I was raised this way.
I was raised to believe everyone is the same. I learned from home that regardless of the outside, inside we are all the same. I guess being raised by immigrant parents, you do get a slightly different different view on life. Everything isn’t straight forward, and you learn a few things the hard way.
Most kids will experience being bullied. I too had a few kids coming after me. But I learned to let it wash over me and not to let it get to me. It didn’t take me long to figure out that those who bullied didn’t have it so good themselves. That on the inside they had to be pretty miserable and didn’t know any better how to let their frustrations out.
I also learned that it’s not just nationality that doesn’t matter, skin colour doesn’t either. I was raised in a pretty sheltered, little town in the 1970’s and 1980’s. Trust me, realising that was a huge deal. In my 20’s I was still pretty naive. I was living on my own for the first time and I was now in Oslo. I really didn’t have a clue about a lot of things. I don’t think I even realised what someone being gay was. I just hadn’t thought about it.
Enter Tore (Tore Aasheim, President of MGE). He headhunted me for a job (but that is a whole other story), and we’d been working together for a few months before the rumor-mill reached me. He was, gasp, gay! Oh the glee from those who told me. I thought about it for a minute, all right, so he’s gay. Cool. And that was that. It was back to business as usual. It just wasn’t a big deal, and when I felt comfortable enough to ask about something so personal, I talked to Tore about it. Being able to ask question when I’ve had them, and have them answered makes a difference. Even now I’ll be asking questions. I figure it’s better to ask than make some crazy shit up and believe it to be the truth.
After that a few years passed, and in 2004 I was thrown into the melee that is gay men, drama, queens and everything Mr Gay. Intimidating as hell, and scary! But I was naive no more. Things I’ve seen and heard would singe your eyebrows and burn your ears. I’ve been part of this circus on and off ever since, and a full time member of the team for five years now. And one question I get asked again and again, is why do you do this?
My answer hasn’t changed; I believe everyone is the same. We all love and we all hate, we all hurt and we cry, we feel joy and we laugh. We all want the same thing, to be treated the same and to be happy. From when I was a kid, through my teens, 20’s and 30’s I’ve learned one thing. We are the same. It doesn’t matter that we’re all different, because on the inside we’re all the same.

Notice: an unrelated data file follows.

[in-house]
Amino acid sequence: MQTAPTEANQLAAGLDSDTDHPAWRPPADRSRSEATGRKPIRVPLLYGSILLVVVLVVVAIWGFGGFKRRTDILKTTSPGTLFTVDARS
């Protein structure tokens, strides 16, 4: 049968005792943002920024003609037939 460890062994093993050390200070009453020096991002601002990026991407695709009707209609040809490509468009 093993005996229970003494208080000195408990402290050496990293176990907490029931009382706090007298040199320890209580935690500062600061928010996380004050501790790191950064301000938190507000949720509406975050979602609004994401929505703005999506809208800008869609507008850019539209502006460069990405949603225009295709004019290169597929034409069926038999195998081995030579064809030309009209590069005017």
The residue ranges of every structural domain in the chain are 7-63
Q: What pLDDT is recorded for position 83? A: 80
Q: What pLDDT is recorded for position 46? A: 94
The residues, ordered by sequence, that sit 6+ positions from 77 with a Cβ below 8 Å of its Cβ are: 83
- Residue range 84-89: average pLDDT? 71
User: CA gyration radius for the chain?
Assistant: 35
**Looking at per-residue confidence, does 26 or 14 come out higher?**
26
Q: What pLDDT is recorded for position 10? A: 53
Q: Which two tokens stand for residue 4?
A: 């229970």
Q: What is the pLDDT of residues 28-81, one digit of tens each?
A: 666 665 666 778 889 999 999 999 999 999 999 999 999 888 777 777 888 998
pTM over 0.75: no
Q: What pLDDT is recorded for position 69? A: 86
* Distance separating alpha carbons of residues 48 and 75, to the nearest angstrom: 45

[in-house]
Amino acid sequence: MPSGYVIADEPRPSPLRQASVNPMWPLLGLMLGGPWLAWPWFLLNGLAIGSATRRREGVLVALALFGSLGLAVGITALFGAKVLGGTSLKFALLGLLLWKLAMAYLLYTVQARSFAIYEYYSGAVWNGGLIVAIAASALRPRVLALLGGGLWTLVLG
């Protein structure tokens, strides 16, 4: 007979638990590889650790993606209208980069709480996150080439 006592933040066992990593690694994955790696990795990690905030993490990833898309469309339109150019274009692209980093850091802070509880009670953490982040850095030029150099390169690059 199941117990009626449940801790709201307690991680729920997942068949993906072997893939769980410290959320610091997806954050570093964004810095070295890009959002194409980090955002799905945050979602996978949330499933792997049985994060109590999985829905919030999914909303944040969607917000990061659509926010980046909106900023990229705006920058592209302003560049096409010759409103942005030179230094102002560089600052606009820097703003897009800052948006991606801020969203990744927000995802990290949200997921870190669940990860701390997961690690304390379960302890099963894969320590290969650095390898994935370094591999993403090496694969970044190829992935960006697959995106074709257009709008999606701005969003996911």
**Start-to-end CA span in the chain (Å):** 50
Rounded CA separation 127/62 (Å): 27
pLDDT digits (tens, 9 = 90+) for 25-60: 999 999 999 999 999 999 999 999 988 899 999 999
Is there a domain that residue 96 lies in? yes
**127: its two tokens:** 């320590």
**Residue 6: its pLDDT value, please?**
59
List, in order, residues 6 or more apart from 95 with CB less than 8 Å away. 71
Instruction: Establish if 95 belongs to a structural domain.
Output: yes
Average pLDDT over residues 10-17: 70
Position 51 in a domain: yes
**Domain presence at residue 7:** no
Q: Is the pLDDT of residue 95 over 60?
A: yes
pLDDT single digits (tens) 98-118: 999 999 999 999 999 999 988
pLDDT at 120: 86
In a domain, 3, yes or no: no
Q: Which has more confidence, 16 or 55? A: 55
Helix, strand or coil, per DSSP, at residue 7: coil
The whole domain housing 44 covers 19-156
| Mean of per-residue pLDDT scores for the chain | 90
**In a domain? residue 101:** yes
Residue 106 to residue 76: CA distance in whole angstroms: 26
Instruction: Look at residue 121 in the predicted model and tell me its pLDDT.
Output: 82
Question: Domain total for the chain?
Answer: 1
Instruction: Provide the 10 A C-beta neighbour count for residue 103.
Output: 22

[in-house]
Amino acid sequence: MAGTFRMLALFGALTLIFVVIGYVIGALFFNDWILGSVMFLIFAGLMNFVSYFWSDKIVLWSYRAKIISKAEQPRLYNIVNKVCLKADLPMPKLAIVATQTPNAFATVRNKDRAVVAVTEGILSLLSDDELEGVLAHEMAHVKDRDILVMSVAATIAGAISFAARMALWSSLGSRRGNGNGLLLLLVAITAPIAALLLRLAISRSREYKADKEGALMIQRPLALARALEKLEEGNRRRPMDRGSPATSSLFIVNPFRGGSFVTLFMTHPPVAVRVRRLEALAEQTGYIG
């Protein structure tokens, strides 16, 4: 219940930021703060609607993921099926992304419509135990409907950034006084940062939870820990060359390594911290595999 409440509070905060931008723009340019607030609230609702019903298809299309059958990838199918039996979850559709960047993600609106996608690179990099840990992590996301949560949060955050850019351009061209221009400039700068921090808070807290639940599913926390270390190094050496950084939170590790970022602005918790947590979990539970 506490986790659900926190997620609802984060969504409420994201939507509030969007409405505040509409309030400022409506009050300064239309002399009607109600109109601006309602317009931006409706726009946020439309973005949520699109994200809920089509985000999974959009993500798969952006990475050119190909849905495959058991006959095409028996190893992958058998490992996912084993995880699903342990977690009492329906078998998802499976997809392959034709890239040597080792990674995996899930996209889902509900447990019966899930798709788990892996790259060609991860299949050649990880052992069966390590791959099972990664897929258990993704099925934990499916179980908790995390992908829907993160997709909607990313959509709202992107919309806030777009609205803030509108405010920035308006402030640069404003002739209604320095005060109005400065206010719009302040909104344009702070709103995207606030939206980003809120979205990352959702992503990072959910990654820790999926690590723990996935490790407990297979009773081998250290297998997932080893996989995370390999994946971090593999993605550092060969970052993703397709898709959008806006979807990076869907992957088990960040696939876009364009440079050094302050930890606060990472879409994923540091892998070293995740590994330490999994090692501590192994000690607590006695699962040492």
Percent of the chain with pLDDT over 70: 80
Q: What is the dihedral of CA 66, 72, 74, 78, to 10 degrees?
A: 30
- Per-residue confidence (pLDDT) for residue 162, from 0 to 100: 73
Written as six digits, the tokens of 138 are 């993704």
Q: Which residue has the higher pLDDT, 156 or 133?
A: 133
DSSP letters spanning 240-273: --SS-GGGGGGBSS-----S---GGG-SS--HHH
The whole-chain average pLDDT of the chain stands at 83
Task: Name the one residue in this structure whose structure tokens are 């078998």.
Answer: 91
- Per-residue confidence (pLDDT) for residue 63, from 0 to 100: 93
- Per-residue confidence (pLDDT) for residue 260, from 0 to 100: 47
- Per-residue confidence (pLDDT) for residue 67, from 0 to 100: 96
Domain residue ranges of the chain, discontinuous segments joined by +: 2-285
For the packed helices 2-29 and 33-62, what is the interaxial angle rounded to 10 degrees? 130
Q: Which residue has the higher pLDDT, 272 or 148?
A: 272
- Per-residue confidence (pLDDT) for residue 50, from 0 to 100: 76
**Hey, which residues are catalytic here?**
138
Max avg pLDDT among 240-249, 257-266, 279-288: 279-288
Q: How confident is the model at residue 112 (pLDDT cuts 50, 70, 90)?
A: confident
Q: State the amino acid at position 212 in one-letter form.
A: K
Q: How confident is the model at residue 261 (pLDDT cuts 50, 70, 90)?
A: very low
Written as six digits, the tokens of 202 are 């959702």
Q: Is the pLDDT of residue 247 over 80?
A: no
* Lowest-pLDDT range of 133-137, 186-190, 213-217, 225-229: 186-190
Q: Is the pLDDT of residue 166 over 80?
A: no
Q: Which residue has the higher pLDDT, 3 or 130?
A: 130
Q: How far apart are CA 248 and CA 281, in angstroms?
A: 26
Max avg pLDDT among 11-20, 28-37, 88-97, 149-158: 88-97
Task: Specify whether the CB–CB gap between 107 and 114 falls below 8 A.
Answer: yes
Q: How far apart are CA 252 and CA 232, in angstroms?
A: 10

But it’s not your fight!
Isn’t it though? If I don’t fight for others, who will fight for me? I fight for our rights; mine, yours and everyone else’s. It’s not that long ago that men and women stood shoulder to shoulder and fought for women’s rights. The right to be in charge of your own body and person, the right to vote, the right to have a say. In many parts of the world, that fight is still going on. But I have those rights. Someone else fought so that I could take those rights for granted. So now I fight for LGBT, so that you one day may take those same rights for granted just as I do. It is my fight, because somewhere down the line I could lose my rights. Just look at how far Trump has made it on hate and fear. Look at how in USA, land of the great, they’re taking away women’s rights to their own body by making laws that forbid abortion. If it keeps up, women losing their rights isn’t too far fetched.
So is it not my fight? Why me? Who else? I don’t see anyone else lining up to do my job. Mr Gay Europe isn’t the biggest thing out there, we don’t have the biggest impact on the world – but we make a difference! It doesn’t matter how small a difference, we matter. Mr Gay Europe matters. And that has been my vision for the competition all along. To matter. To make a difference. I don’t get paid for the job I do, my payment is all the amazing people I meet along the way. The friends I’ve made. It’s the people who with their stories inspire me. There are days I just want to give up, there are days I’ve had it with the drama. But when the going gets tough, something always pops up in this crazy world of Mr Gay that makes me smile, and I know that it’s worth it. I’m fighting the good fight.
That’s why I do this. That’s why this is my fight.